Dunno know why I keep thinking of the Celtics but I think the Perkins Green deal was of this sort even though Perkins isn’t really old and Ainge was envisioning a young Rondo-Green core becoming veterans together and bridging the gap after the veterans retired, but that was obviously a very controversial move that has not worked out so well.

  • Jan 6, 201211:32 pm
    by rick77

    Reply

    Man I have defended Joe Dumars til the death and it is always in the back of my mind how in hell did he trade Billups and why. I thought he knew what he was doing but now I am real about the situation and must say that sentiment must be tossed out the window and some real moves need to be made before Joe loses all his luster around here. I always ahve argued he should have kept Johnson, Affalo, along with Maxiel and even Delfino but these players had some enormous pressure put on them to be more than young role players. I feel that was our youth right there but for some reason we gave up on Johnson for Maxiel ,who cannot even get off the bench regularly. Affalo for peanuts. Defino I cannot even remeber but we may have just let him walk. These guys are all contributing players on teams and could be our starters/or role players still playing witha few of those core vets trying at a Ship. For some reason I really belive the local media dogged him out for his sacred cow comment and eventually he felt he had to make a move. I thought Stuckey was great when we had the team together and he played for Chauncey against Orlando and ate up Jameer Nelson. I felt like we had a great guard situation and that it wouldhelp get us back to where we wanted to be. I know everyone around here so eloquently forgets how much they hated our playoff exits as I felt the same,but in the end I think everyone(talking heads) around here had as much to do with him dumping his team as anything. He knew he had to make a move and it was a move to get people in the seats. In some circles they call moves like this job killers, but Joe is like a cat in that he has nine lives and has been given a chance to rectify the situation if he can…..So we will see what happens. At this point I really dont know what will happen it feels like 2001 all over again.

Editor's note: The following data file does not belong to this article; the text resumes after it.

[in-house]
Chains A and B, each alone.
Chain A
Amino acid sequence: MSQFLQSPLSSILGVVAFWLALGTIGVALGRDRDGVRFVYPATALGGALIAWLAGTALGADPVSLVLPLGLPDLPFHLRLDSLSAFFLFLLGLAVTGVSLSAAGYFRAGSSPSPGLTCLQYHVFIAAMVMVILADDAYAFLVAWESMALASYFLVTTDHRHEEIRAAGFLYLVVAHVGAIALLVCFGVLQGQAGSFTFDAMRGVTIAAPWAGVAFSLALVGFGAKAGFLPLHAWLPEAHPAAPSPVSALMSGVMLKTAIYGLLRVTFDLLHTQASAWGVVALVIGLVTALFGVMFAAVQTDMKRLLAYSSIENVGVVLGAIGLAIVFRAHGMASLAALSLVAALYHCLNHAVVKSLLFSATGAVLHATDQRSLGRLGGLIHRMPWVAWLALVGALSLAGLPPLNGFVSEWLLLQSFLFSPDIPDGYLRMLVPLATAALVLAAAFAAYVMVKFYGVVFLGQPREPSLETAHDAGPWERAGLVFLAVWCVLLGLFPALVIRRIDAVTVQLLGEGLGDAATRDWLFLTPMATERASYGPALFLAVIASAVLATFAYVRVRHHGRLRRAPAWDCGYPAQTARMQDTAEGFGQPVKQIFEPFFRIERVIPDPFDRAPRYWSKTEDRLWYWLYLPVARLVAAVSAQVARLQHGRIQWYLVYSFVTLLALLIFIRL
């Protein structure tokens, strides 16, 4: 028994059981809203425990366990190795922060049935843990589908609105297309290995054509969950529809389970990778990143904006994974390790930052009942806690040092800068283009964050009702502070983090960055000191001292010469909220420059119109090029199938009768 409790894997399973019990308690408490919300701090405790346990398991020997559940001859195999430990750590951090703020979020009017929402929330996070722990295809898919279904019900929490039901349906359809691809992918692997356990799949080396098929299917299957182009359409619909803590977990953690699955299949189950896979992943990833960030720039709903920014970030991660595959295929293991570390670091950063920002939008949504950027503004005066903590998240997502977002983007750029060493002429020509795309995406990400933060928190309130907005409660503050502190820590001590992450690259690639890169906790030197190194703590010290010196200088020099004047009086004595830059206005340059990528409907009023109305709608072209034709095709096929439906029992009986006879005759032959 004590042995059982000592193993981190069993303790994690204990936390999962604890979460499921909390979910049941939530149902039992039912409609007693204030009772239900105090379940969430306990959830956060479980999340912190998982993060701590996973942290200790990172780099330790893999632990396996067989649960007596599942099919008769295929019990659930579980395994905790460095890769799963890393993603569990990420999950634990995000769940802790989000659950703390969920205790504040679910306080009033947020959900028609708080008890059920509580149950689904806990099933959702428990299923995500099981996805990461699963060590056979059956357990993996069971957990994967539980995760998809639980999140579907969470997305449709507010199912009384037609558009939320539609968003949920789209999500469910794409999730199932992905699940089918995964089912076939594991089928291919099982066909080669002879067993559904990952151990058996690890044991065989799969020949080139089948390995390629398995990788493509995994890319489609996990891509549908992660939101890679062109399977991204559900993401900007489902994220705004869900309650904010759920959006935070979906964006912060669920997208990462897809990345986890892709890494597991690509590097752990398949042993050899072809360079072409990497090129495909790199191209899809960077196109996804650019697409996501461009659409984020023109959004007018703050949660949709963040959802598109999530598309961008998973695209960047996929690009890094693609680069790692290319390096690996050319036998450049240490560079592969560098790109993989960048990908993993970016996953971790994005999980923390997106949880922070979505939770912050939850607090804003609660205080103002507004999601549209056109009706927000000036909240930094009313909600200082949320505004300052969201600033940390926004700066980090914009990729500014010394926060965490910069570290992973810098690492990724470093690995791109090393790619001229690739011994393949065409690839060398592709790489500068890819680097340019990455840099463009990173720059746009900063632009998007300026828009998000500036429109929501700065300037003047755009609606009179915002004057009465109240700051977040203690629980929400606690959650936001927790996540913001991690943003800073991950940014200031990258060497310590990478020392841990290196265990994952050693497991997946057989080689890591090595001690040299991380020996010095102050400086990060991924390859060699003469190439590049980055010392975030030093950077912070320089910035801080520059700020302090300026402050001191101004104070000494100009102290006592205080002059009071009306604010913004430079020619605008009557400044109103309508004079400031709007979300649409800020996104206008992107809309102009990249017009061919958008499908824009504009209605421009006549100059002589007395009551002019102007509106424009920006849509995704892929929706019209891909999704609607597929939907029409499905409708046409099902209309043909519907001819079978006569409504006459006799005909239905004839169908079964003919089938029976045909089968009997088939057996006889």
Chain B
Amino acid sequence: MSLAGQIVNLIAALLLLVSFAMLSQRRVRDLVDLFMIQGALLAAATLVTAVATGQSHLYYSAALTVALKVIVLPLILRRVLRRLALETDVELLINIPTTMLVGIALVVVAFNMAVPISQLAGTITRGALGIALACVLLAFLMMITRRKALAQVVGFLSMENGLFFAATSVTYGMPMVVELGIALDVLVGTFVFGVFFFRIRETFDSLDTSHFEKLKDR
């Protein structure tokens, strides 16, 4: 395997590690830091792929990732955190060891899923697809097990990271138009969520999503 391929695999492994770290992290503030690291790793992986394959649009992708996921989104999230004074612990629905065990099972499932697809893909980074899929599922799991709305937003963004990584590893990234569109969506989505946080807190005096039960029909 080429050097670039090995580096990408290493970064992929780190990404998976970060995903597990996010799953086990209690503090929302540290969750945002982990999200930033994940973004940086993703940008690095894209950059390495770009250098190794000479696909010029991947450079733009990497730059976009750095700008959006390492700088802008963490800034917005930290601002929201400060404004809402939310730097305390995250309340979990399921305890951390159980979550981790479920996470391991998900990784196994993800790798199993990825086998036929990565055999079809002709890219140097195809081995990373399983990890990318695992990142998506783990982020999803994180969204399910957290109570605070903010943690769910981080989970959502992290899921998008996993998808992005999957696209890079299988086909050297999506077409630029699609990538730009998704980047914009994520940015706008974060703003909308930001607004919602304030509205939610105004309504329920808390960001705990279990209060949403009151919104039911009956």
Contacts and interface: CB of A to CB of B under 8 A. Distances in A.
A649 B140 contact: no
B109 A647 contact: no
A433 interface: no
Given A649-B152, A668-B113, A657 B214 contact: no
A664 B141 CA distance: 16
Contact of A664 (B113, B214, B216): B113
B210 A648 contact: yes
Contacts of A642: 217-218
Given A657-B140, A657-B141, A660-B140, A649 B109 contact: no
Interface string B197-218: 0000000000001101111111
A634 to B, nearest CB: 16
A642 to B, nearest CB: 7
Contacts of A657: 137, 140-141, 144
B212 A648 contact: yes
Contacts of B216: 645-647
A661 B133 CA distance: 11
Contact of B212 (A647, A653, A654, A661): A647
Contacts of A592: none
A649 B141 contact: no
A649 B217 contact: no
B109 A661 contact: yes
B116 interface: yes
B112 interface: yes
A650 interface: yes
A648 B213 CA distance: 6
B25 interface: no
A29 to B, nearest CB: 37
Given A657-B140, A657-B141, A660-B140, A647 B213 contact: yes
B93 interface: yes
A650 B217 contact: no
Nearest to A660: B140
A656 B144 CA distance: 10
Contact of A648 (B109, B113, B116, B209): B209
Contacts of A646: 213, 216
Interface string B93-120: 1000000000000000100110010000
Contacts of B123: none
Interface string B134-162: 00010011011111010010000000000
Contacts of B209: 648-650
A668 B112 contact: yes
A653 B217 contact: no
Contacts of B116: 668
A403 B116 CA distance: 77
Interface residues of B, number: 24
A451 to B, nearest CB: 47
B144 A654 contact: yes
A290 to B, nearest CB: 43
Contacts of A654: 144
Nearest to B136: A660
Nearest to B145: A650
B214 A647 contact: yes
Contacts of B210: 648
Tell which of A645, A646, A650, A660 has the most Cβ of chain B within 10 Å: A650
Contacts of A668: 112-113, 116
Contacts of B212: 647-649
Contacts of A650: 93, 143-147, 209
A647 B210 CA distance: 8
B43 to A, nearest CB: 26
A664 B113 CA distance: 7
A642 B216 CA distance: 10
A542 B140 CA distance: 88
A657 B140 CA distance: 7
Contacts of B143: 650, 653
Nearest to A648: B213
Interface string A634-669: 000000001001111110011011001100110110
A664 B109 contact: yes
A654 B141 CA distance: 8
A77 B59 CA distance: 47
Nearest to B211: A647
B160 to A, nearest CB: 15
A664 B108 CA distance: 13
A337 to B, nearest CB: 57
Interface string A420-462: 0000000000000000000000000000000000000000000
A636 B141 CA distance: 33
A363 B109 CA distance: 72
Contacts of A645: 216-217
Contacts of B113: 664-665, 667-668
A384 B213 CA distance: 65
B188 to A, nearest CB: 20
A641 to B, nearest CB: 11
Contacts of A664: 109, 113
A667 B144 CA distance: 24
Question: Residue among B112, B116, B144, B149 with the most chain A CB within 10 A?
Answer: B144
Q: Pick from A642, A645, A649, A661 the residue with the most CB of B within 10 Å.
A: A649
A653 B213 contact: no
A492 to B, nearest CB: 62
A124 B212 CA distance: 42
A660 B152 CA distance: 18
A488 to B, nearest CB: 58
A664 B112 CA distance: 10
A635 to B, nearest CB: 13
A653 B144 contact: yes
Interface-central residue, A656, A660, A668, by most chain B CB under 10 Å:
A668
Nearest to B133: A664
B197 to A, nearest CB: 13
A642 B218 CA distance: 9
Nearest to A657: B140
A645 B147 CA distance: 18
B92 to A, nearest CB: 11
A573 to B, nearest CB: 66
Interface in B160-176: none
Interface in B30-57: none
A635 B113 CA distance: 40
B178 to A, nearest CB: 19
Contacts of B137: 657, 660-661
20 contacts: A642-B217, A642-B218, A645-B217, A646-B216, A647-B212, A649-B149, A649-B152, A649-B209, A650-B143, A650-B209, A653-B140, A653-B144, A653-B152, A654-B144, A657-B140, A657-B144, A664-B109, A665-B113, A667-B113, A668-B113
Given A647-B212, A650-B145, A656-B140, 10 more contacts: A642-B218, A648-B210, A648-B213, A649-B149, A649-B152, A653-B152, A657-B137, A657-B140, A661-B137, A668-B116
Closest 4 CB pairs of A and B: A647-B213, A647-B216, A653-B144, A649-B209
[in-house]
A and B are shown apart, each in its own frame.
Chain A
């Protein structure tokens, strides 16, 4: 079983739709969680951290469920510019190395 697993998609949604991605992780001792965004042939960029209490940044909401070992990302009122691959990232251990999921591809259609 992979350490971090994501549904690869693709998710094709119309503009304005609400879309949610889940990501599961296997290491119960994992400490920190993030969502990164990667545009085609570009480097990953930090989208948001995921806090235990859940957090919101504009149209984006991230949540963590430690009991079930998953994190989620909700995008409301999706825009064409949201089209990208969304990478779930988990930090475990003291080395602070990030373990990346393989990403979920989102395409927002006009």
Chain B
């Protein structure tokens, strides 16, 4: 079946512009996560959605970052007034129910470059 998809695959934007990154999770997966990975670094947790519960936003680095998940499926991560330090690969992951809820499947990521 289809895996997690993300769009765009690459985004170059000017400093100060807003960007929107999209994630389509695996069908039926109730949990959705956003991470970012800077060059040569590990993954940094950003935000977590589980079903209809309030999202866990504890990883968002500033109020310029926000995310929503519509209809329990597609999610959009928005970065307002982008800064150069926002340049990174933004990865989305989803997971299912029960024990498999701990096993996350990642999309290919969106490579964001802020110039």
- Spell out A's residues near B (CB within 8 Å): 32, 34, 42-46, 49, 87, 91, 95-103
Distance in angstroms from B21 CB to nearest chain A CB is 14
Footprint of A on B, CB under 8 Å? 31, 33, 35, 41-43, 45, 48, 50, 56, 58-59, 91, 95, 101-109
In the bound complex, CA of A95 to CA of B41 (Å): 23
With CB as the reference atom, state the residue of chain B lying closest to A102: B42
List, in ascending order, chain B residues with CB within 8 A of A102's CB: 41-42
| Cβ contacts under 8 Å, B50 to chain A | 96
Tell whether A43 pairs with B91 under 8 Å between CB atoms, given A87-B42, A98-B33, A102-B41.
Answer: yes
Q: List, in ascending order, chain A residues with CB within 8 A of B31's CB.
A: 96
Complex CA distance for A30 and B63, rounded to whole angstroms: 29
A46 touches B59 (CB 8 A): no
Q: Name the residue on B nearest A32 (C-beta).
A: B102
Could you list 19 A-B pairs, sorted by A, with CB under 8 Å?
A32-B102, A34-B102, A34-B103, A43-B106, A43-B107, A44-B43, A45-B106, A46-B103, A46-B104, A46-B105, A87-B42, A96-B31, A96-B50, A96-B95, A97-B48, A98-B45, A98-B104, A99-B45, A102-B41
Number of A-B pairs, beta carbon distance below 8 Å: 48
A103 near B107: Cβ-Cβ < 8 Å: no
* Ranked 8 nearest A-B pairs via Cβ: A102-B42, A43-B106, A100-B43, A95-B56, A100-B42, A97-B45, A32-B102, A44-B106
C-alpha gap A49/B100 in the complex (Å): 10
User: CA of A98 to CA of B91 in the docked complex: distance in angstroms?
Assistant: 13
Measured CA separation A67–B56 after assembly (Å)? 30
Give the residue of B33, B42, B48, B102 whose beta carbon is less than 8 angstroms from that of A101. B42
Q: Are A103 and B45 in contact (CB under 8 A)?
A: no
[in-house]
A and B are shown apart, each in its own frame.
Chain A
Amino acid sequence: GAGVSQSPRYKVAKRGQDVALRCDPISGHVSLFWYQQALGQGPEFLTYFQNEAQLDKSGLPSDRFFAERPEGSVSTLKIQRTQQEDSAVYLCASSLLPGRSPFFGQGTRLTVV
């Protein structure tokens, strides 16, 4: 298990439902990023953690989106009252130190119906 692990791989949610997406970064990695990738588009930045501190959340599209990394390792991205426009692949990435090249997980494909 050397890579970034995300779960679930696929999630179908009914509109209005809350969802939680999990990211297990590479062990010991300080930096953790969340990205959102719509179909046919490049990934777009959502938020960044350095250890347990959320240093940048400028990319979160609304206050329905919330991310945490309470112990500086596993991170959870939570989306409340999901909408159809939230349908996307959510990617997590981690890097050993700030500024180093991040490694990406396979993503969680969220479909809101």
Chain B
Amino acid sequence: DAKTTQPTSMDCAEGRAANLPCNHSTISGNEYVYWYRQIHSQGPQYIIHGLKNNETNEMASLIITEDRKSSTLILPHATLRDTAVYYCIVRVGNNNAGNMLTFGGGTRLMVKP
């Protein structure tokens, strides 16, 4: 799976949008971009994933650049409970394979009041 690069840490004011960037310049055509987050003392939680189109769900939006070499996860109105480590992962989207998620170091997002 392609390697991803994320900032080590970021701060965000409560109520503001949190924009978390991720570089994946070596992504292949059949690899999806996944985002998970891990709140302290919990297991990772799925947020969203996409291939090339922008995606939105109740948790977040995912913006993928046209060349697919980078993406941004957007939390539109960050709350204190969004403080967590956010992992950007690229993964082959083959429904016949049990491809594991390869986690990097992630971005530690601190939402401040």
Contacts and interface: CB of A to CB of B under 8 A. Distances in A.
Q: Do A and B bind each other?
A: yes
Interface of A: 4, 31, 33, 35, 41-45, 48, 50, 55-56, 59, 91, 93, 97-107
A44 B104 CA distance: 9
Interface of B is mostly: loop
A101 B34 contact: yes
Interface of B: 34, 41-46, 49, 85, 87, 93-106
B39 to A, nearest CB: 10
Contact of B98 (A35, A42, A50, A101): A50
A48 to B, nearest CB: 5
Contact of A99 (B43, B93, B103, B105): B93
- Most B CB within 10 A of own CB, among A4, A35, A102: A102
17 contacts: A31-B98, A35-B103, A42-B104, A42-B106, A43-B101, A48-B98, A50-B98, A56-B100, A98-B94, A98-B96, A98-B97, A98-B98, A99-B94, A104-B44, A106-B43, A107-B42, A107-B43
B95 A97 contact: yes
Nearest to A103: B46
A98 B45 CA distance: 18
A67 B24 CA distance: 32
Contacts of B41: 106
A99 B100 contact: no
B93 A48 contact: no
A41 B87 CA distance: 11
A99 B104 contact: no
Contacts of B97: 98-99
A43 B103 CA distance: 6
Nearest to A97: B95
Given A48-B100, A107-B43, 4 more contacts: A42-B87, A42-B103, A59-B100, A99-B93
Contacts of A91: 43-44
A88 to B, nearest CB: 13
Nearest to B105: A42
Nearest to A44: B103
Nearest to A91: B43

• Jan 7, 20121:17 am
    by J

    Reply

    Detroit was getting old, Iverson was just pure cancer for the team. It’s neither Rip’s nor Stuckey’s fault, it’s Iverson.

  • Jan 7, 20122:45 am
    by kamal

    Reply

    My whole beef with the Chauncey trade was that it was the wrong move.  Our backcourt was fine.  In fact, our staring 5 was fine.  Improve the bench.  Joe was giving our core guys like Juan Dixon, Tony Delk, Nazr Mohammed, Walter Hermann, Dale Davis, Flip Murray, Maurice Evans, Jarvis Hayes, and other bums to try and win a title.

    When the Cs won their title, they got great help from their bench (House, Davis, P.J, Cassell, etc.)  It wasn’t just their starters.  

    Our starters were great.  They just weren’t good enough to beat contending teams by themselves anymore.  And when Joe traded Chauncey for Iverson, the guys knew what kind of player he was.  They’d been beating him for years.  They knew what kind of player Stuckey was.  They practiced against him and saw what he brought to the table.

    We were only a key bench player away from the title.  No reason to brea up the squad.